A Cure for COVID-19 Cabin Fever

“Two roads diverged in a wood, and I —

I took the one less traveled by” — Robert Frost

Image9Cabin Fever is usually a winter phenomenon, but this spring many of us are experiencing the COVID-19 version. If standing in line for the grocery store or going on a toilet paper scavenger hunt isn’t curing your itch to get some outdoor recreation, consider a walk through the neighborhood or walk to trails in local parks.

Going outside safely may help to cure those cabin fever blues by giving you a physical and mental boost. But if you do journey outside, please do so safely by maintaining social distancing. This is not the time to expose yourself or others to the coronavirus by gathering in groups or crowded areas.

COVID - Little Space FB

Long before anyone heard of COVID-19, American poet Robert Frost wrote:

“Two roads diverged in a wood, and I —

I took the one less traveled by,

And that has made all the difference.”

To borrow from Frost, taking the less traveled path these days could make a huge difference, too. As we all work to flatten the curve, carefully consider where to get your exercise. If you arrive at your destination and find lots of cars or people, find another spot or consider walking at a less popular time of day.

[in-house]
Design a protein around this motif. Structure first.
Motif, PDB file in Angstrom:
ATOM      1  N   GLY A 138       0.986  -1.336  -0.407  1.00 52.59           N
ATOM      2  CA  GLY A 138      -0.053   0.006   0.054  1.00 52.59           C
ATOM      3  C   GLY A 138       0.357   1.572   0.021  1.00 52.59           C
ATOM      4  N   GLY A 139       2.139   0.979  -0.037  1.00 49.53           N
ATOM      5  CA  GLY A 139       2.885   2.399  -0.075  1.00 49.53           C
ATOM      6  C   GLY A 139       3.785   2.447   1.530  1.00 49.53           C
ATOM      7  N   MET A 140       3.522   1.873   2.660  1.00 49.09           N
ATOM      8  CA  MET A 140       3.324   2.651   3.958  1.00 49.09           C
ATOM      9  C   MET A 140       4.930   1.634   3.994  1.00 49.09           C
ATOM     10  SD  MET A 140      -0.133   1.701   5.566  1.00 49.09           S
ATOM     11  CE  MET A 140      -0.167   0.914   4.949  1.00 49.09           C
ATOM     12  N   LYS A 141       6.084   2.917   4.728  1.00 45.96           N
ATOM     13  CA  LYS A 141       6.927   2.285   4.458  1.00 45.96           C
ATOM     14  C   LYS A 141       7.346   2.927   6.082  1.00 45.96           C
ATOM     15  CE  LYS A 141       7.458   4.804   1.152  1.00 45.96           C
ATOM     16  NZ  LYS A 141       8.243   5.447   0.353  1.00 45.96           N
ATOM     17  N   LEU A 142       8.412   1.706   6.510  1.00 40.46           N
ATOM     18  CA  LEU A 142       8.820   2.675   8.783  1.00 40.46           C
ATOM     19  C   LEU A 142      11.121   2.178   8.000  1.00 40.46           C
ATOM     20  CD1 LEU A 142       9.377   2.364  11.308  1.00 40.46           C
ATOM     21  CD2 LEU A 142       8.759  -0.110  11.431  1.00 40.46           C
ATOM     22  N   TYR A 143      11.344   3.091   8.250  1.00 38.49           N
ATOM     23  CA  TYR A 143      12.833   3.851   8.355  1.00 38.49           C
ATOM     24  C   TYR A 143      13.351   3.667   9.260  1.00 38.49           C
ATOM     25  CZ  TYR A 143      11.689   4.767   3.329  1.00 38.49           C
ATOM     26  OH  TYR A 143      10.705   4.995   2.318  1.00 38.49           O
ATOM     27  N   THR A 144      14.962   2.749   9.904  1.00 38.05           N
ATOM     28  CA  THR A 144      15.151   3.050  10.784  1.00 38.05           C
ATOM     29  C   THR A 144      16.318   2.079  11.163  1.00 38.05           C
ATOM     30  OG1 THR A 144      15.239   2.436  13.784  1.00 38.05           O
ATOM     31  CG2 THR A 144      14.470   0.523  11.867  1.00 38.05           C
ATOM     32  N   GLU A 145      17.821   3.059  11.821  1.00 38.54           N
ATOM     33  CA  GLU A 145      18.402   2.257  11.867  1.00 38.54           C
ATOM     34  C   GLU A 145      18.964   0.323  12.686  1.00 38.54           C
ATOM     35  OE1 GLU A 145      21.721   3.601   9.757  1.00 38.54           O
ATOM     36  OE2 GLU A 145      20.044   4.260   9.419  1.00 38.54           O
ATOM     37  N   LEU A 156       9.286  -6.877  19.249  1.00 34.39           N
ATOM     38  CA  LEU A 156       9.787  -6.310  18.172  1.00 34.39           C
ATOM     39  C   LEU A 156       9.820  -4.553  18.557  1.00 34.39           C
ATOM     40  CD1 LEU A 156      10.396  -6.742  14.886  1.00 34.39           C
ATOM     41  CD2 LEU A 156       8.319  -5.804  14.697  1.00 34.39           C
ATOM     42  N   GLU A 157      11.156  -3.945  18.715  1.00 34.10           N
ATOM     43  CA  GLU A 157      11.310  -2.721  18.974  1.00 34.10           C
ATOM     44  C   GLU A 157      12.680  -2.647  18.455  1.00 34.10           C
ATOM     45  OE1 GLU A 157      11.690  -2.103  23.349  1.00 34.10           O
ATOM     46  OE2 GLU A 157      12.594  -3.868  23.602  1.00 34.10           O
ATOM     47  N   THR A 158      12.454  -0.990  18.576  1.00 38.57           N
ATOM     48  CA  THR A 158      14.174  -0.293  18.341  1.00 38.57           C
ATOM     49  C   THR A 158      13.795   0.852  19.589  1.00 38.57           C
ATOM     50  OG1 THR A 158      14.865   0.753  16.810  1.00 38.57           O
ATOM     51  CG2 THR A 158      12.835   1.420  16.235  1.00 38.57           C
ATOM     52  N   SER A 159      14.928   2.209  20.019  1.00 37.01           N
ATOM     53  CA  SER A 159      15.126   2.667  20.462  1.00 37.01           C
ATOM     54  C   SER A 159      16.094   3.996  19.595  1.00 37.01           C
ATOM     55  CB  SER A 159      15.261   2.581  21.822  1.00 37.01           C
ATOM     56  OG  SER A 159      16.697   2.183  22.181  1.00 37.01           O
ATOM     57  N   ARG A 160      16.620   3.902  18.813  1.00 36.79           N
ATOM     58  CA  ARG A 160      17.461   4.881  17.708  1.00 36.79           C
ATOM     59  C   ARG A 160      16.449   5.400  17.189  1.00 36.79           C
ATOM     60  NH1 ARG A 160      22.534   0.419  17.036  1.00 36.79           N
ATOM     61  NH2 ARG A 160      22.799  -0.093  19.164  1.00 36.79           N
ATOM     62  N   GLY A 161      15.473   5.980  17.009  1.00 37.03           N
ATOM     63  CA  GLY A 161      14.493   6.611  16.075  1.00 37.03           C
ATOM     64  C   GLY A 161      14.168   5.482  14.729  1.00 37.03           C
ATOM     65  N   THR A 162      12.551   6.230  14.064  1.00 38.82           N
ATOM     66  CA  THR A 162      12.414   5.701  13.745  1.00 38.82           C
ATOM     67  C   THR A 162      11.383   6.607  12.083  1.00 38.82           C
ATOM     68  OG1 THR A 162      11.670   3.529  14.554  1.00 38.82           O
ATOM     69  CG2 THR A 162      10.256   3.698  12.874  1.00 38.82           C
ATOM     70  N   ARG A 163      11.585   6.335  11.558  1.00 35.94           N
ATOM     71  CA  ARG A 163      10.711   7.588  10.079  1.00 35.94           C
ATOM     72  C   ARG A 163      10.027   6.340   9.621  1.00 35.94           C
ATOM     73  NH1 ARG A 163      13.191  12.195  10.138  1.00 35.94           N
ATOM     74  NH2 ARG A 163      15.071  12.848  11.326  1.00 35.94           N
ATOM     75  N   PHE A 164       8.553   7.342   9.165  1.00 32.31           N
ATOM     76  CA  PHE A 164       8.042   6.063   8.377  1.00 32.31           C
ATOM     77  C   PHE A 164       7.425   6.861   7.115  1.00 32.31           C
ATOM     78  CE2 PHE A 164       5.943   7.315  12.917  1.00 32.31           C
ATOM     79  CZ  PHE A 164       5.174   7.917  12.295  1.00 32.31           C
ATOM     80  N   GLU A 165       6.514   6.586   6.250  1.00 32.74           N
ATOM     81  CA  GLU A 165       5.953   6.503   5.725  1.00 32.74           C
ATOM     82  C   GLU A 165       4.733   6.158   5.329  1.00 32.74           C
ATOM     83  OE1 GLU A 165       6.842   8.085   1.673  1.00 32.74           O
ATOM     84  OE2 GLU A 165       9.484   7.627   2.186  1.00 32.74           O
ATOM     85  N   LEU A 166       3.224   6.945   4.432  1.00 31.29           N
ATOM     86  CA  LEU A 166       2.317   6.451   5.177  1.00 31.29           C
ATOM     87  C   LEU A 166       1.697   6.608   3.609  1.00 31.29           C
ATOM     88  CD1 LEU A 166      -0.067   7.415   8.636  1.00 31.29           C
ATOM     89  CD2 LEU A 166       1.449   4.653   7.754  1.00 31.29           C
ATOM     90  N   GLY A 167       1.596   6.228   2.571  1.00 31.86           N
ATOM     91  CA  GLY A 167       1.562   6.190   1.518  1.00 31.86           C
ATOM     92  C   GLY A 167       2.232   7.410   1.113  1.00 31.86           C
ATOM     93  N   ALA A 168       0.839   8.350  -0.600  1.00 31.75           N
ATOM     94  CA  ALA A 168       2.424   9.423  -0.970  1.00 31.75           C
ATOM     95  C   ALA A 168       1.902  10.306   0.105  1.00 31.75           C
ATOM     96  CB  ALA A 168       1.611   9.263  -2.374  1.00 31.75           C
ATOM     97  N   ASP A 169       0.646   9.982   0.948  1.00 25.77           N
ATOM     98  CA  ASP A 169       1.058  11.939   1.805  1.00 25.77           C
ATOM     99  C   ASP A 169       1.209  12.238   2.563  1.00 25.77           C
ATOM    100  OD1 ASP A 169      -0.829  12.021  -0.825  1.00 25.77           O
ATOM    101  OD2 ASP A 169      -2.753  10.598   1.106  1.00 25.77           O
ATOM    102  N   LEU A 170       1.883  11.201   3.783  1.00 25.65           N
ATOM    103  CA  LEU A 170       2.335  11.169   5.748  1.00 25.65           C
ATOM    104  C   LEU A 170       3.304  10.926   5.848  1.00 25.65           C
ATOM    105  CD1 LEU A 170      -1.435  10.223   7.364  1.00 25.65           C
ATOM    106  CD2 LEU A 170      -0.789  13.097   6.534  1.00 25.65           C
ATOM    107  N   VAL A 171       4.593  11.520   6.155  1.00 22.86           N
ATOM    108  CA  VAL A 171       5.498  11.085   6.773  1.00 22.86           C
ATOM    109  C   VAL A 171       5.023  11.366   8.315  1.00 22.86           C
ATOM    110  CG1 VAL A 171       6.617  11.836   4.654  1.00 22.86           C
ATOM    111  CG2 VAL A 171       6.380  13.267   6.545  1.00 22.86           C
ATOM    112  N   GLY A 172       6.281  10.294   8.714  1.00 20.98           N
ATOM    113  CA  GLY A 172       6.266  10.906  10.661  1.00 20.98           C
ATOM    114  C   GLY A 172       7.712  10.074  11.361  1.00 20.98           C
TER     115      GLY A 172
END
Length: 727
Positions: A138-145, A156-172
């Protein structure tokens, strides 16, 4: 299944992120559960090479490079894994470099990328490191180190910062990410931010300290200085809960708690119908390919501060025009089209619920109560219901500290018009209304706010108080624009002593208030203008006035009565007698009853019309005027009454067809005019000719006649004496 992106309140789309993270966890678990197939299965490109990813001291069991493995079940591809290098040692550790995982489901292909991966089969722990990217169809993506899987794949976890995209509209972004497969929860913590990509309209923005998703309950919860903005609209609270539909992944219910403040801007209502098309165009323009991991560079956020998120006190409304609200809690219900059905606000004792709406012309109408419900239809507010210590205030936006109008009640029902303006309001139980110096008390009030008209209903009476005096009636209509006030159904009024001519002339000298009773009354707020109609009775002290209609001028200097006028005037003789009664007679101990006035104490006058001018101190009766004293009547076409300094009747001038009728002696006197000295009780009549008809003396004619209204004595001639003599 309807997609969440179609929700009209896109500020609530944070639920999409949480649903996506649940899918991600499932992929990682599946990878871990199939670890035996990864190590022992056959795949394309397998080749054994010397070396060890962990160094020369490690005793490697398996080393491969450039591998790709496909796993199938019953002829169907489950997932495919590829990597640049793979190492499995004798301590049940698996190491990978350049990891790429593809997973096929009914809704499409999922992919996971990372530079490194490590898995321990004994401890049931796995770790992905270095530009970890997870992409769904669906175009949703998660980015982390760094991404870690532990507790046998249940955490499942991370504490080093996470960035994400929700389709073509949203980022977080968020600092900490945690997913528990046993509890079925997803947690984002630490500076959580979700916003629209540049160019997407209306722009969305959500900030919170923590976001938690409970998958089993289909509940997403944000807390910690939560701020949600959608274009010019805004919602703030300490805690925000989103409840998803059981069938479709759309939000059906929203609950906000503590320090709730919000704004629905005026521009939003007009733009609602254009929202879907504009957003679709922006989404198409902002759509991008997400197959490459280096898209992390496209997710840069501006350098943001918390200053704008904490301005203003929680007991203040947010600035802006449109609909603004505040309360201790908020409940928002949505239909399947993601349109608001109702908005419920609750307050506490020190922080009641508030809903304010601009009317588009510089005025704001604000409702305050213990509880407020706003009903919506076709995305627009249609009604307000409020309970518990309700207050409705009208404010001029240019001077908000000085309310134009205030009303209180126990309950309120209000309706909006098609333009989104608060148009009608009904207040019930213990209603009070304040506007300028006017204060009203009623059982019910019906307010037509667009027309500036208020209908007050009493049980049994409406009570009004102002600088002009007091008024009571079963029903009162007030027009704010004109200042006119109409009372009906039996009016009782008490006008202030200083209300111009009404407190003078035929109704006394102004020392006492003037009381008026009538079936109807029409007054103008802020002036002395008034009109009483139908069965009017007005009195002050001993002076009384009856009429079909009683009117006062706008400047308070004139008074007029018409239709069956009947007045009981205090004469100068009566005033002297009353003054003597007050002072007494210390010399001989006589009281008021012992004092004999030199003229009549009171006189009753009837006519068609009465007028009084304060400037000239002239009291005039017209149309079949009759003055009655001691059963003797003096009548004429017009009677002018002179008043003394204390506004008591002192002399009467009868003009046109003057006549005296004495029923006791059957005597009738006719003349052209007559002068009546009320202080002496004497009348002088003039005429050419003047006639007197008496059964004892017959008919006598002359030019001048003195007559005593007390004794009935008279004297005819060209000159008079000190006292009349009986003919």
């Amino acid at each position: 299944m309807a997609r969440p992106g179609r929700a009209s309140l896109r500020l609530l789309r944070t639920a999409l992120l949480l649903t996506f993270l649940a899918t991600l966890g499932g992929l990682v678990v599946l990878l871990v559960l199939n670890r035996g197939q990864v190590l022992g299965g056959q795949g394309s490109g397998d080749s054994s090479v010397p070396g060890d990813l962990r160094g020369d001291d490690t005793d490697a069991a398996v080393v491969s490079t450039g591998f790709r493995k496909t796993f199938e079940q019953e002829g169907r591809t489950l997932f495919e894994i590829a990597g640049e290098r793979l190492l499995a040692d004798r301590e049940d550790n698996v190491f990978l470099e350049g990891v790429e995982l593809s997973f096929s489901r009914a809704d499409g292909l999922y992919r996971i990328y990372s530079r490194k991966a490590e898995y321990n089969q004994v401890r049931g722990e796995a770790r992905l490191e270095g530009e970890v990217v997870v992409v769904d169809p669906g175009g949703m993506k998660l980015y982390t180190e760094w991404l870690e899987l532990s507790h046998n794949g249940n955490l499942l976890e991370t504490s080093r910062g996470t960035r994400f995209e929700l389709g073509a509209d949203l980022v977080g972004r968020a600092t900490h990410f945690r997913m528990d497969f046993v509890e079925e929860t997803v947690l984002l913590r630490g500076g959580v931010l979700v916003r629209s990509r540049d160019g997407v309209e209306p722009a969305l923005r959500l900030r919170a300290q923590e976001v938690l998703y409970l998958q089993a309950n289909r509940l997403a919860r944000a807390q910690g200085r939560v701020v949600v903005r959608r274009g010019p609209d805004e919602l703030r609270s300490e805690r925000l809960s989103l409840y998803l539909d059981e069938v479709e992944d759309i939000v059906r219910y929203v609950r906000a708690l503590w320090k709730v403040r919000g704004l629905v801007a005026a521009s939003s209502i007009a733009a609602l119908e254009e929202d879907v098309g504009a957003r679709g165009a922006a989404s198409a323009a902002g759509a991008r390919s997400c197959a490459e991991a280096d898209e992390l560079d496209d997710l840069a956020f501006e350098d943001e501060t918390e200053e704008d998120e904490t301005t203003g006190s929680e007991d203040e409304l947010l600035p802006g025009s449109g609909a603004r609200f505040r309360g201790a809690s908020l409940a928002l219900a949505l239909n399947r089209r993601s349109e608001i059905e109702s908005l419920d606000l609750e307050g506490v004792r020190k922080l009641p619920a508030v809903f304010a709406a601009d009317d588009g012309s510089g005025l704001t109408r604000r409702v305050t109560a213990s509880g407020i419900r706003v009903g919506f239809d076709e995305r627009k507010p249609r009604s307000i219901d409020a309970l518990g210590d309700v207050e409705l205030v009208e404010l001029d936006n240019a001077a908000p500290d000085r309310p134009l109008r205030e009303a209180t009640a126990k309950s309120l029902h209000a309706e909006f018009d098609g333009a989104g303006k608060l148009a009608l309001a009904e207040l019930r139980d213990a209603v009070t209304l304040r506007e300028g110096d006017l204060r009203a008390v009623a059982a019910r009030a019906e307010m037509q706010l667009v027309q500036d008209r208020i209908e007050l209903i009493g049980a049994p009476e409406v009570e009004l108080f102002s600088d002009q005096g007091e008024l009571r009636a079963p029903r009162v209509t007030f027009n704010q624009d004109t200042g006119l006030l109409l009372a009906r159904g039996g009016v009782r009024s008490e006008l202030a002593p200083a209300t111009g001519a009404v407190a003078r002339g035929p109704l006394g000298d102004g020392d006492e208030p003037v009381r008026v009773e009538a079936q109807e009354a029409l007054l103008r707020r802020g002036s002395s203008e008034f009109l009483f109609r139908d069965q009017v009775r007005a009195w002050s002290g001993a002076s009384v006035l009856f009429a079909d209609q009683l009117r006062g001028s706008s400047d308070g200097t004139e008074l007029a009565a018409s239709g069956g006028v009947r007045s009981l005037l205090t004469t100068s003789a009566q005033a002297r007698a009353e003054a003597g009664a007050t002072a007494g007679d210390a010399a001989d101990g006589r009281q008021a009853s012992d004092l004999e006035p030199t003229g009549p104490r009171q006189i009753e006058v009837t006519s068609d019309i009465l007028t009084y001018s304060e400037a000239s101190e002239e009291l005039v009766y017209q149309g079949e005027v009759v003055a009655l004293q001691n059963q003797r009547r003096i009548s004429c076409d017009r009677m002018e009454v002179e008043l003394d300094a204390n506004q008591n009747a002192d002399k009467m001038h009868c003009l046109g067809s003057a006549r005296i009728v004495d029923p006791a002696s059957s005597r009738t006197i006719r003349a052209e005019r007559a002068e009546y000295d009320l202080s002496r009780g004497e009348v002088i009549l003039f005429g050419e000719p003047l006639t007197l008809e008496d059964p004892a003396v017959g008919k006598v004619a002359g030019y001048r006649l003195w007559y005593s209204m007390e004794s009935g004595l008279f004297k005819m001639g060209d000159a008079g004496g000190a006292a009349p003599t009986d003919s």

IMG_6875The parking lots at county parks and many trailheads are closed now to help prevent the spread of the coronavirus, so look around, and you might just be able to find a place nearby to take that walk or take the dog for a walk through your neighborhood.  There are more than 330 miles of trail in Fairfax County, and that means for many, trailheads can be discovered nearby. Check the Trails web page or Trail Buddy to find a spot to explore.

sign02When you go out, please don’t make this a group outing. Use your walk as an excuse to get a little alone time, or head out with just the members of your household. Whichever you choose, just remember to keep your distance from others along the trail. Step to the side. Walk single file. Do keep the recommended six feet of space between you and others. But don’t forget to say “hi” to folks as you pass. You can still be friendly at a distance and maybe bring a much-needed smile to someone else’s day.